SC adjourns May 9 riots accused cases till Tuesday


ISLAMABAD, JUN 26 (DNA) — The Supreme Court on Monday adjourned the hearing of petitions pertaining to the trials of accused of May 9 riots in army courts, till Tuesday.

The six-member bench headed by Chief Justice of Pakistan Umar Ata Bandial and comprising Justice Ijaz ul Ahsan, Justice Yahya Afridi, Justice Munib Akhter, Justice Mazahar Ali Akbar Naqvi and Justice Ayesha Malik heard the case.

Earlier, the seven-member bench was dissolved after Justice Mansoor Ali Shah recused himself from the case and then a six-member new bench was formed to continue the proceedings.  At the outset of hearing, the court rejected the request of Salman Akram Raja seeking a stay order against the trial of civilian accused in military courts in connection with the May 9 incidents.

The CJP remarked that the matter was related to basic human rights, as neither Section-II of the Army Act was above the Constitution nor it could deprive the civilian accused of basic rights.  He asked whether the word ‘court martial’ had been used anywhere other than the Army Act. The bench wanted to view the verdicts related to the military courts.

The CJP observed that there were some basic requirements of disciplinary tribunal, and it was not correct that a military court was equal to the sessions court.  He asked lawyer Salman Akram Raja whether the verdicts referred by him were related to the trials of terrorists in military courts, and whether the decisions of army courts could not be challenged.

 The lawyer replied that the military court verdicts could only be challenged before the Army Chief or a committee formed by him. The CJP remarked that “you may say” the scope of appeal should be expanded in that case.

He observed that the 21st Constitutional Amendment mentioned the application of Army Act against the accused involved in picking guns against armed forces. The CJP asked the AGP that what was the progress regarding trials in military courts, saying the bench needed some assurances.

The court hoped that no accused would be tried in army courts during hearing of the matter by the apex court, he added. He also asked the AGP to provide the complete details of 102 accused who were in the custody of army, directing provision of basic facilities to the arrested people, including permission to meet their families.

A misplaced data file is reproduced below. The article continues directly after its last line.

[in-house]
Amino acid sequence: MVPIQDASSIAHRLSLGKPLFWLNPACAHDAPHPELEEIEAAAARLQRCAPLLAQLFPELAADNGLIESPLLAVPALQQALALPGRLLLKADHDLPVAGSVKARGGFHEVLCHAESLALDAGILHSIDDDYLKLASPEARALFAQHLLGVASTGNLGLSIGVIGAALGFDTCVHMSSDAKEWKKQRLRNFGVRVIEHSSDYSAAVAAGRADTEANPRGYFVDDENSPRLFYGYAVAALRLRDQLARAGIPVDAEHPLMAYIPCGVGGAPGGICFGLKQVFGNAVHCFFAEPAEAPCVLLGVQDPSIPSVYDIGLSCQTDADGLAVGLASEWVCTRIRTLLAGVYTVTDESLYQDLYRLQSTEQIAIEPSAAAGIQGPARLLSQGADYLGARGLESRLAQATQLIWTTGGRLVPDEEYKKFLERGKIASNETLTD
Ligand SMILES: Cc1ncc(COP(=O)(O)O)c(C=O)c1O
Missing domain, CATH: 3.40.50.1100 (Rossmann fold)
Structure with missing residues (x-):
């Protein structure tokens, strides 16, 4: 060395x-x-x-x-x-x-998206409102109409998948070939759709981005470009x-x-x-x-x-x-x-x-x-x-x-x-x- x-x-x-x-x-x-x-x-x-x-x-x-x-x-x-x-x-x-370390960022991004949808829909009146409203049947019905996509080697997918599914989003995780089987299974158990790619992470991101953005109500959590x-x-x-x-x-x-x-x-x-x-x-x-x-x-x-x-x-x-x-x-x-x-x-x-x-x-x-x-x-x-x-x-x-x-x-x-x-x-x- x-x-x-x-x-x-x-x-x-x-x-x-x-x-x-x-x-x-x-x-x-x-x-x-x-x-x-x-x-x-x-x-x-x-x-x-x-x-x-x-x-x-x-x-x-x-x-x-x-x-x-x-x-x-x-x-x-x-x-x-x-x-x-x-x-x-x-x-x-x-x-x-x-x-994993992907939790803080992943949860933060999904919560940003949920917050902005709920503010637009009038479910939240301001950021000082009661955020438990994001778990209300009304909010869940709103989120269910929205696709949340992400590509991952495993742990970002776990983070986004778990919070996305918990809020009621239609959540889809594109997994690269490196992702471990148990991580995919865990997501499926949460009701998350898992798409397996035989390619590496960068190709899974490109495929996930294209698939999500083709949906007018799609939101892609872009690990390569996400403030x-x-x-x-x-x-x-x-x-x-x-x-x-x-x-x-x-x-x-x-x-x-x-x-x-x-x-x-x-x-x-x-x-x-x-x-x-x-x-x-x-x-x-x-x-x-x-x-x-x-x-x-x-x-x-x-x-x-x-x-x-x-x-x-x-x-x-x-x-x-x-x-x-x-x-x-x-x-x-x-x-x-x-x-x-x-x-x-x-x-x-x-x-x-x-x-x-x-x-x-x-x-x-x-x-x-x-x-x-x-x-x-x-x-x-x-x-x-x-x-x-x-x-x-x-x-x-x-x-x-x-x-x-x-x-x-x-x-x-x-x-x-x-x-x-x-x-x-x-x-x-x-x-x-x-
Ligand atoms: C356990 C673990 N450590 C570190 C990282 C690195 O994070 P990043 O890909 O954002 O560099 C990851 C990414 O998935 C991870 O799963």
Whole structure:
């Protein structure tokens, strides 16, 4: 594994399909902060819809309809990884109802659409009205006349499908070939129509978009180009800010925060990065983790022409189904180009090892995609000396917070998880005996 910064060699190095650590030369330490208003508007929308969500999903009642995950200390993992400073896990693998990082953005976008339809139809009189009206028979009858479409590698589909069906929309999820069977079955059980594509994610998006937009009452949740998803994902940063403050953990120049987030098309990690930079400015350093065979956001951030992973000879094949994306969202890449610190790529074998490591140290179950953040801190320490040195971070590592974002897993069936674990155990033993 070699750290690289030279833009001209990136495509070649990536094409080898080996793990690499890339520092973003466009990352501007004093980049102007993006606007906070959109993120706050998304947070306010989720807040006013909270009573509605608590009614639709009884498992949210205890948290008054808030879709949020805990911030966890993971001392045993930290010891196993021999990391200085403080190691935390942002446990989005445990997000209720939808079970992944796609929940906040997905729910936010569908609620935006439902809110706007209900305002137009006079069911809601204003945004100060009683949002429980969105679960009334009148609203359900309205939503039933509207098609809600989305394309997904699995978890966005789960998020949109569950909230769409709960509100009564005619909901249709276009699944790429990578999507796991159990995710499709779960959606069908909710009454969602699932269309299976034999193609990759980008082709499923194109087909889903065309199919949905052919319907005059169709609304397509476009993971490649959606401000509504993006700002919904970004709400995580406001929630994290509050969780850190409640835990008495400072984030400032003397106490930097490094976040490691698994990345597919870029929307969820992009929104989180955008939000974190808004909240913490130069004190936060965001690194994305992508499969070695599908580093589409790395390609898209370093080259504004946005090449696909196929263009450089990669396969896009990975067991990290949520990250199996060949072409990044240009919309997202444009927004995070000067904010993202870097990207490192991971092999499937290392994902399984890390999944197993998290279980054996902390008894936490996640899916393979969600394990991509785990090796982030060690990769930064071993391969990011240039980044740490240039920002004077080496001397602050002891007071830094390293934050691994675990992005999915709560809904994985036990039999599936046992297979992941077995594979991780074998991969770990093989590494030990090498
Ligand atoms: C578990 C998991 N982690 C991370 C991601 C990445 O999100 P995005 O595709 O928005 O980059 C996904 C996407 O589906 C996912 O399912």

AGP Mansoor Usman Awan said the interrogation of accused was underway and it was possible that many of them might be released later. Those who had not attacked on “prohibited areas”  would be set free, he added.

Justice Mazahar Ali Naqvi said it was being stated that some people were completely missing. To this, the AGP said he could get the information if the bench shared their names.

Justice Munib questioned why a constitutional petition could not be moved in a high court against army courts’ decisions. To this Salman Akram Raja said a high court could not describe the status of those courts.

Justice Munib asked whether an anti-terrorism court was a forum for the trial of accused of terrorism cases.  Salman Akram Raja said the civilians involved in crimes related to anti-state activities were tried in civil courts in the United States.

Justice Ayesha Malik noted that the lawyer was challenging the Army Act but he was not opposing the trials of civilians in army courts. She questioned whether the military courts had the status of courts.

Salman Akram Raja argued that the civilian accused were not used to be provided rights in army courts. He said trial of civilians along with army men had been mentioned in the Army Act due to which they had challenged the law.  He said the trials of army officers in Britain and the US were run in certain situation only.

Salman Akram Raja said his client was even not allowed to meet his son. He prayed the court to issue a stay order against the trial which was turned down by the bench. Further hearing of the case was then adjourned till Tuesday. — DNA